What’s next for immigration now that Republicans control the Senate

Republicans gained control of the Senate Tuesday night, after knocking down three Democratic incumbents and winning three open seats. The three Democrats who lost their…
What’s next for immigration now that Republicans control the Senate

Senate Minority Leader Mitch McConnell (R-KY) celebrates his victory over Democratic challenger Alison Lundergan Grimes in the midterm senate elections alongside his wife Elaine Chao during a victory rally at the Louisville Marriott East hotel in Louisville, Kentucky, U.S. on Tuesday November 4, 2014. (Luke Sharrett for Bloomberg)

Republicans gained control of the Senate Tuesday night, after knocking down three Democratic incumbents and winning three open seats.

The three Democrats who lost their bid for re-election are Sens. Mark Udall of Colorado, Sen. Kay Hagan of North Carolina and Mark Pryor of Arkansas. Senate Minority Leader Mitch McConnell also won his re-election bid and will likely be named the new Senate majority leader.

SEE ALSO: In Florida, Gov. Rick Scott is re-elected but Rep. Joe Garcia loses

With Republicans in control of both chambers in Congress, it now begs the question: what are the chances of passing immigration reform legislation?

Former Republican presidential candidate Mitt Romney seems to think the chances are high. He recently said on “Fox News Sunday” that an immigration reform bill will reach President Barack Obama’s desk if Republicans win control of the Senate.

But immigration reform advocates aren’t too optimistic.

Marshall Fitz, director of immigration policy at the Center for American Progress, told VOXXI Tuesday morning that the odds of getting an immigration reform bill through Congress if Republicans gain control the Senate are “exceedingly small.”

“If the Republicans take control of the Senate, I don’t see how there’s any possibility of immigration reform getting accomplished in the 114th Congress,” Fitz said.

He said one reason for that is because Senate Republicans will likely try to work with House Republicans to pass smaller immigration bills that focus on border security and immigration enforcement. And those bills, he said, might not include a plan to legalize the millions of undocumented immigrants currently living in the United States.

Fitz added that it would be difficult to get Democrats on board if that’s the approach Republicans take on immigration. But more importantly, he said, Republicans would “be digging themselves a much, much deeper hole” with Latino voters.

SEE ALSO: Election eve poll: Top issue for Latino voters is immigration

Republicans didn’t do well in their efforts to win Latino votes in the 2012 elections, when Romney picked up only 27 percent of the Latino vote while Obama received 71 percent of the Latino vote.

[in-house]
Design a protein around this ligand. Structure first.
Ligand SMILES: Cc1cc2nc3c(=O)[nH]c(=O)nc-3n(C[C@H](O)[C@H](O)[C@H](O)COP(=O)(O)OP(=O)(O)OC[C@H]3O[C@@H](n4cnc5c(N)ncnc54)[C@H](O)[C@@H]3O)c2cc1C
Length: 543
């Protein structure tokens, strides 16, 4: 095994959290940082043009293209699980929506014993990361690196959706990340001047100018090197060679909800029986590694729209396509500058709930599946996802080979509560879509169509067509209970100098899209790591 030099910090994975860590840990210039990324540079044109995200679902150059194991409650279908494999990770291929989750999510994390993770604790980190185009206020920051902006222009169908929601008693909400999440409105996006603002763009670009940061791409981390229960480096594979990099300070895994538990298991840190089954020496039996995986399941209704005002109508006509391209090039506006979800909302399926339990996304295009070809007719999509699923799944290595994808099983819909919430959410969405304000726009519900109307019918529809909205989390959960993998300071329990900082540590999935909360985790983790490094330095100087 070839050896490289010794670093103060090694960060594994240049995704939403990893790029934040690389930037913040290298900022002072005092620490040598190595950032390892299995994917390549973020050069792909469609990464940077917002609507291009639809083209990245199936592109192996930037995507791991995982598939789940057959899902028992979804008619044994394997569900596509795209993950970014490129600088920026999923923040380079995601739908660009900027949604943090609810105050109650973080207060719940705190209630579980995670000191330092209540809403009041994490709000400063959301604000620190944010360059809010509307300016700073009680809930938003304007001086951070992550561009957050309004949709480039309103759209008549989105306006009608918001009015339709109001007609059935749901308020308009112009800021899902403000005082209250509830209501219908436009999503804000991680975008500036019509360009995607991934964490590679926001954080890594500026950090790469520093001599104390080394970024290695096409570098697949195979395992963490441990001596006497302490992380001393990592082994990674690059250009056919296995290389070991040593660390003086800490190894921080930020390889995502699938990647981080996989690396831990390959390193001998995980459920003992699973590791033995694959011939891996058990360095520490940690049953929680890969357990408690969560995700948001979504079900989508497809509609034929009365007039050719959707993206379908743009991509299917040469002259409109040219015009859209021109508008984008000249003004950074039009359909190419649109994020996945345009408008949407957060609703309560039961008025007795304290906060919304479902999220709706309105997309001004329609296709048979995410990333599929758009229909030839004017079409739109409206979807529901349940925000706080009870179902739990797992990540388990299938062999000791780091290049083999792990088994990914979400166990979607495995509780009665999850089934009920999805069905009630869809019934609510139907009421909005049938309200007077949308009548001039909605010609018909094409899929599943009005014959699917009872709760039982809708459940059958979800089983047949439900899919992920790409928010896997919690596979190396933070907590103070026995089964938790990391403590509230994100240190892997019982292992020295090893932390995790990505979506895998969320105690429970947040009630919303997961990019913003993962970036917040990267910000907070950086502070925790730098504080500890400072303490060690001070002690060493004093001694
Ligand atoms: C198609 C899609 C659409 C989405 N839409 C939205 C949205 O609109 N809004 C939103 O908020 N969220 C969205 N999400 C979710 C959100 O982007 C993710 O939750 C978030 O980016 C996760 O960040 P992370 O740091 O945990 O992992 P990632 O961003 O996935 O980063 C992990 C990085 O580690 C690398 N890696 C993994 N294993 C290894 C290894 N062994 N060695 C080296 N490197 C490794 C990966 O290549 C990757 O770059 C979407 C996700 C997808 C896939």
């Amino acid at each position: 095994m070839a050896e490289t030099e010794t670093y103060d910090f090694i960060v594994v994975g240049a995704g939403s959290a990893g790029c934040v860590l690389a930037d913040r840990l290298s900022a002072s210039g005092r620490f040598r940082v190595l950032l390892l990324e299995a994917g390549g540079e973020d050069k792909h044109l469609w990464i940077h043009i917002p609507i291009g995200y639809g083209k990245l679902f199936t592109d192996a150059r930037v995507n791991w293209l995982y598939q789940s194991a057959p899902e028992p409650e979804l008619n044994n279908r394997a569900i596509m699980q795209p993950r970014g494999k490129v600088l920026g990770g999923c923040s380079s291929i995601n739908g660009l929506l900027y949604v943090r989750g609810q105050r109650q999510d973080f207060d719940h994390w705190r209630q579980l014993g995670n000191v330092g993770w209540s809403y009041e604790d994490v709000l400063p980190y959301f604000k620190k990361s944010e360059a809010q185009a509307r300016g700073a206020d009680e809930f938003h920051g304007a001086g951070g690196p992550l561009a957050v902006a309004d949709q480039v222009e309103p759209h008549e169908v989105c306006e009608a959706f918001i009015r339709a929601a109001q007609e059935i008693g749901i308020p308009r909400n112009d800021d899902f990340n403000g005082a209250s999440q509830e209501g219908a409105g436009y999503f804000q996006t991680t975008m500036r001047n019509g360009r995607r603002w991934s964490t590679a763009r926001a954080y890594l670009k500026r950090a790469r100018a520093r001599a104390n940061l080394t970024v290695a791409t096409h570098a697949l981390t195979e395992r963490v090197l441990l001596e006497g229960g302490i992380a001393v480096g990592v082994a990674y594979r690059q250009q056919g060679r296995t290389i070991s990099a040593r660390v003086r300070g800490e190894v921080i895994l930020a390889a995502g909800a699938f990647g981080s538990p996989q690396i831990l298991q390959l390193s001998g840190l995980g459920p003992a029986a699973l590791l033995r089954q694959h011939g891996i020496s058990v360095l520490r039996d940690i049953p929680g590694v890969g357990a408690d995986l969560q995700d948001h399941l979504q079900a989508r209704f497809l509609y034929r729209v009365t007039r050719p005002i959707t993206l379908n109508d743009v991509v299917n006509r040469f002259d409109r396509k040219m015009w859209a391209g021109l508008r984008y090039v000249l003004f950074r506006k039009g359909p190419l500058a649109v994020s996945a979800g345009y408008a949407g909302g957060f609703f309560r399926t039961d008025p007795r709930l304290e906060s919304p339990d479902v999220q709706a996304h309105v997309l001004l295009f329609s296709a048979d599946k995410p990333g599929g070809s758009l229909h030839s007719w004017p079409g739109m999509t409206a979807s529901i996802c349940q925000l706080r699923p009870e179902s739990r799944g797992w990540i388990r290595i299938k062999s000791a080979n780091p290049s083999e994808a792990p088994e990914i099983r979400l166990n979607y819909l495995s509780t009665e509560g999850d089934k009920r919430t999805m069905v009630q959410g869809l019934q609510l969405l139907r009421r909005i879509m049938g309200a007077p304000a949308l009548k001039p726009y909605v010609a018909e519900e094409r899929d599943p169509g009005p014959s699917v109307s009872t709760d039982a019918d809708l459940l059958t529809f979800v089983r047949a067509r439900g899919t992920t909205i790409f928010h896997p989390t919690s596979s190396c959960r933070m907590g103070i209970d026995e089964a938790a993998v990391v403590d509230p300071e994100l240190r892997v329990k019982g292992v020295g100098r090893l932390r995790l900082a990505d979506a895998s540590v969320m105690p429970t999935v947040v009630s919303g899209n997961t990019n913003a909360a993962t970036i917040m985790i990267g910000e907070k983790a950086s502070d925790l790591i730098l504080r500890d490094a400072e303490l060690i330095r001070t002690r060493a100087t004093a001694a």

Daniel Garza, executive director of the LIBRE Initiative, said that in order for Republicans to do well in the 2016 elections, they must find a way to make inroads with Latinos. And one way to do that, he said, is through the issue of immigration.

“This is an opportunity for them to act on immigration, which is a priority for the Latino community and Republicans know that,” Garza told VOXXI. “We’re going to be pushing them every step of the way to make sure that they do.”

Cristobal Alex, president of the Latino Victory Project, said he does predict Senate Republicans will draft immigration reform legislation. But like Fitz, Alex questions how that legislation would look like. He fears Republicans will come up with a bill that Latinos won’t support.

“I think Republicans will attempt to pass something, because they need to show that they can actually do their job by passing laws,” Alex said. “Unfortunately, because of the rightward shift in that party, it will be something that is not going to be plausible for our community.”

SEE ALSO: Election forecast: Support for Dems among Latinos won’t be as strong

Another concern Alex said he has is whether Republicans will try to stop Obama from using his executive powers to extend deportation relief to millions of undocumented immigrants. The president is expected to announce his immigration executive orders by the end of the year.

“If the president follows through with his commitment to our community, those on the right in the Senate and the House will be up in arms and will do everything they can to try to limit or reverse any positive or meaningful movement towards immigration,” Alex said.

Some Republicans have already voiced their opposition to Obama’s plans to take executive action on immigration. Among them are Republican Sens. Marco Rubio of Florida, John McCain of Arizona and Lindsey Graham of South Carolina — all of whom helped draft the Senate-approved immigration reform bill.

Garza, who wouldn’t say whether he supports Obama taking executive action on immigration, said many Republicans worry that the president will be “overstepping his authority” if he takes action on immigration. “They want long-lasting bipartisan reform, not with one person deciding what should be the remedy,” he said about Republicans.

Meanwhile, Fitz said he believes Republicans will do everything in their power to prevent Obama from taking executive action, including introducing legislation to strip away the president’s authority to provide relief to undocumented immigrants.

By doing so, he said, Republicans will be “blocking progress” on immigration and “insulting” Latino voters, whom he described as “the electorate that’s going to matter the most in the next presidential election.”

SEE ALSO: Don’t let anyone tell you otherwise: Latinos can determine these midterm elections

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